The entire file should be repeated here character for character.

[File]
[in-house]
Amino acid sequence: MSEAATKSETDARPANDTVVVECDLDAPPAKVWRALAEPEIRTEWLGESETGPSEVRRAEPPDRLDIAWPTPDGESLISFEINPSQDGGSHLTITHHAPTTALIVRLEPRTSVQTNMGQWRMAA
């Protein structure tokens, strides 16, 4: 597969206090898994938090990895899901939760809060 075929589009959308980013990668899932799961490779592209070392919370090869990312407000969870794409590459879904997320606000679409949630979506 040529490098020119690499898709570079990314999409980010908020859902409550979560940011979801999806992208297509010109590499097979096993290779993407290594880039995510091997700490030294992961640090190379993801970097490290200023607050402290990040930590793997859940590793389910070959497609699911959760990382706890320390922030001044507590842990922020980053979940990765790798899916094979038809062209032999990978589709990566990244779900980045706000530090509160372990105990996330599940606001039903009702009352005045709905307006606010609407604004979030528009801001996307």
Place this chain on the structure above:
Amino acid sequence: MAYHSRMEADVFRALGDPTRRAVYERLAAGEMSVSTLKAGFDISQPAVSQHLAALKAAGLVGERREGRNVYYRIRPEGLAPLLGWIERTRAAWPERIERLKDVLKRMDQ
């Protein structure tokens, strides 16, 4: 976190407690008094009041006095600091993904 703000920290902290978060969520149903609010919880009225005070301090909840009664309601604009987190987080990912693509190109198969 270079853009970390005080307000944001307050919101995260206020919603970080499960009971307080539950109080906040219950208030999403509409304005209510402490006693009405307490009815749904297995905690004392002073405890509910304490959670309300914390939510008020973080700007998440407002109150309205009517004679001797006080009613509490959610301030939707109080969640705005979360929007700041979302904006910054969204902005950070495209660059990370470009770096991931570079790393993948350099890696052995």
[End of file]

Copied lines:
[in-house]
Amino acid sequence: MSEAATKSETDARPANDTVVVECDLDAPPAKVWRALAEPEIRTEWLGESETGPSEVRRAEPPDRLDIAWPTPDGESLISFEINPSQDGGSHLTITHHAPTTALIVRLEPRTSVQTNMGQWRMAA
């Protein structure tokens, strides 16, 4: 597969206090898994938090990895899901939760809060 075929589009959308980013990668899932799961490779592209070392919370090869990312407000969870794409590459879904997320606000679409949630979506 040529490098020119690499898709570079990314999409980010908020859902409550979560940011979801999806992208297509010109590499097979096993290779993407290594880039995510091997700490030294992961640090190379993801970097490290200023607050402290990040930590793997859940590793389910070959497609699911959760990382706890320390922030001044507590842990922020980053979940990765790798899916094979038809062209032999990978589709990566990244779900980045706000530090509160372990105990996330599940606001039903009702009352005045709905307006606010609407604004979030528009801001996307």
Place this chain on the structure above:
Amino acid sequence: MAYHSRMEADVFRALGDPTRRAVYERLAAGEMSVSTLKAGFDISQPAVSQHLAALKAAGLVGERREGRNVYYRIRPEGLAPLLGWIERTRAAWPERIERLKDVLKRMDQ
């Protein structure tokens, strides 16, 4: 976190407690008094009041006095600091993904 703000920290902290978060969520149903609010919880009225005070301090909840009664309601604009987190987080990912693509190109198969 270079853009970390005080307000944001307050919101995260206020919603970080499960009971307080539950109080906040219950208030999403509409304005209510402490006693009405307490009815749904297995905690004392002073405890509910304490959670309300914390939510008020973080700007998440407002109150309205009517004679001797006080009613509490959610301030939707109080969640705005979360929007700041979302904006910054969204902005950070495209660059990370470009770096991931570079790393993948350099890696052995």